Empowering healthcare workers on social media to bolster trust in science and vaccination during the pandemic: Making IMPACT using a place-based approach


Advocate Condell Medical Center


Background: Given widespread and concerted efforts to propagate health misinformation on social media, particularly centered around vaccination during the pandemic, many groups of clinicians and scientists organized on social media to tackle misinformation and promote vaccination using a national or international lens. While documenting the impact of such social media efforts, particularly at the community level, can be challenging, a more hyperlocal or "place-based approach" for social media campaigns could be effective at tackling misinformation and improving public health outcomes on a community level.

Objective: To describe and document the effectiveness of a place-based strategy for a coordinated group of healthcare workers on social media from Chicago to tackle misinformation and improve vaccination rates in the communities they serve.

Methods: The Illinois Medical Professionals Action Collaborative Team (IMPACT) was founded in March 2020 in response to the COVID-19 pandemic with representatives from major academic teaching hospitals in Chicago (University of Chicago, Northwestern University, University of Illinois, Rush University) and community-based organizations. Through crowdsourcing on multiple social media platforms (Facebook, Twitter, Instagram) with a place-based approach, IMPACT engaged grassroots networks of thousands of Illinois healthcare workers and the public to identify gaps, needs, and viewpoints to improve local healthcare delivery during the pandemic.

Results: To address vaccine misinformation, IMPACT created 8 "myth debunking" infographics and 14 informational vaccine infographics that have generated >340K impressions and informed the development of vaccine education for the Chicago Public Libraries. IMPACT delivered 13 policy letters focusing on different topics (i.e. healthcare worker personal protective equipment, universal masking, vaccination) with >4000 healthcare workers (HCWs) signatures collected through social media to policymakers, published over 50 op-eds on COVID-19 topics in high impact news outlets, and contributed to >200 local and national news features. Using the crowdsourcing approach on IMPACT social media channels, IMPACT mobilized healthcare and lay volunteers to staff > 400 vaccine events for > 120,000 individuals, many in Chicago's hardest-hit neighborhoods. The group's recommendations have influenced public health awareness campaigns and initiatives, research, advocacy, and policy recommendations, and have been recognized with local and national awards.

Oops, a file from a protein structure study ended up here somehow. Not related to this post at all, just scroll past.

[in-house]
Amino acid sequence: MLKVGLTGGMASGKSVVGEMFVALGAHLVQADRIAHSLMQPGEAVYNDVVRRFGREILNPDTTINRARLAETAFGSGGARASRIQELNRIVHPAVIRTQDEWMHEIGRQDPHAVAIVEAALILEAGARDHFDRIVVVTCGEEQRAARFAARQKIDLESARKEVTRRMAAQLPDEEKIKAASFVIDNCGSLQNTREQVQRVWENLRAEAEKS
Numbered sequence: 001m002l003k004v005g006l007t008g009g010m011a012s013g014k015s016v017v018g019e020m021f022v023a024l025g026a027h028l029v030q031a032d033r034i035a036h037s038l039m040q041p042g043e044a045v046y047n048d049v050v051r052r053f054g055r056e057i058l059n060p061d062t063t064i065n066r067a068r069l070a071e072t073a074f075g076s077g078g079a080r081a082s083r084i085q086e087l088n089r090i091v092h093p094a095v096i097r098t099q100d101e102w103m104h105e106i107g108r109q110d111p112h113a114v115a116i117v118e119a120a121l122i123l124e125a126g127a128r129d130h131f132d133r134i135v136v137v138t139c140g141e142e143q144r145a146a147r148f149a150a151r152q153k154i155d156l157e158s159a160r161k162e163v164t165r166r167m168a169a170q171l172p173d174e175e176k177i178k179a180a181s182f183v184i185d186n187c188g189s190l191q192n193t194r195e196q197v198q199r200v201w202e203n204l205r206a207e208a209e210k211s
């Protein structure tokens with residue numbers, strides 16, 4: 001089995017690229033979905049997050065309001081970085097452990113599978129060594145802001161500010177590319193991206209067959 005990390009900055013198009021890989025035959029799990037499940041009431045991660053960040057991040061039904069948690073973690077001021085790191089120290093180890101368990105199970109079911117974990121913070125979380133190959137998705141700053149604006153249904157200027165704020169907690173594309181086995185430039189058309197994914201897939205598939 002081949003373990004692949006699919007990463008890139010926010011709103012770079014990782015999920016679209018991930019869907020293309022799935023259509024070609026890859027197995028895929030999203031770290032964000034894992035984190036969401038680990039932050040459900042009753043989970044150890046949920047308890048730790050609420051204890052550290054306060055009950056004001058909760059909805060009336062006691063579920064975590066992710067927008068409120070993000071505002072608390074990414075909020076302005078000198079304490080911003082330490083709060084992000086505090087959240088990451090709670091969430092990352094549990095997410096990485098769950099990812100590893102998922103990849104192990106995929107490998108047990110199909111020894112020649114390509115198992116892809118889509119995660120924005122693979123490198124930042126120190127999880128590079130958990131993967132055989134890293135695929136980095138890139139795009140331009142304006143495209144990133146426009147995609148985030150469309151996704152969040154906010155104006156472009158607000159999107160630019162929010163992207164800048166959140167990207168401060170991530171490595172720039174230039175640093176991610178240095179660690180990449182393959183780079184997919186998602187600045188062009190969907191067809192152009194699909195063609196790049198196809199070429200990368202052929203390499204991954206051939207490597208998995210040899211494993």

Conclusions: A coordinated group of healthcare workers on social media using a hyperlocal place-based approach can not only work together to address misinformation but can also collaborate to boost vaccination rates in their surrounding communities.

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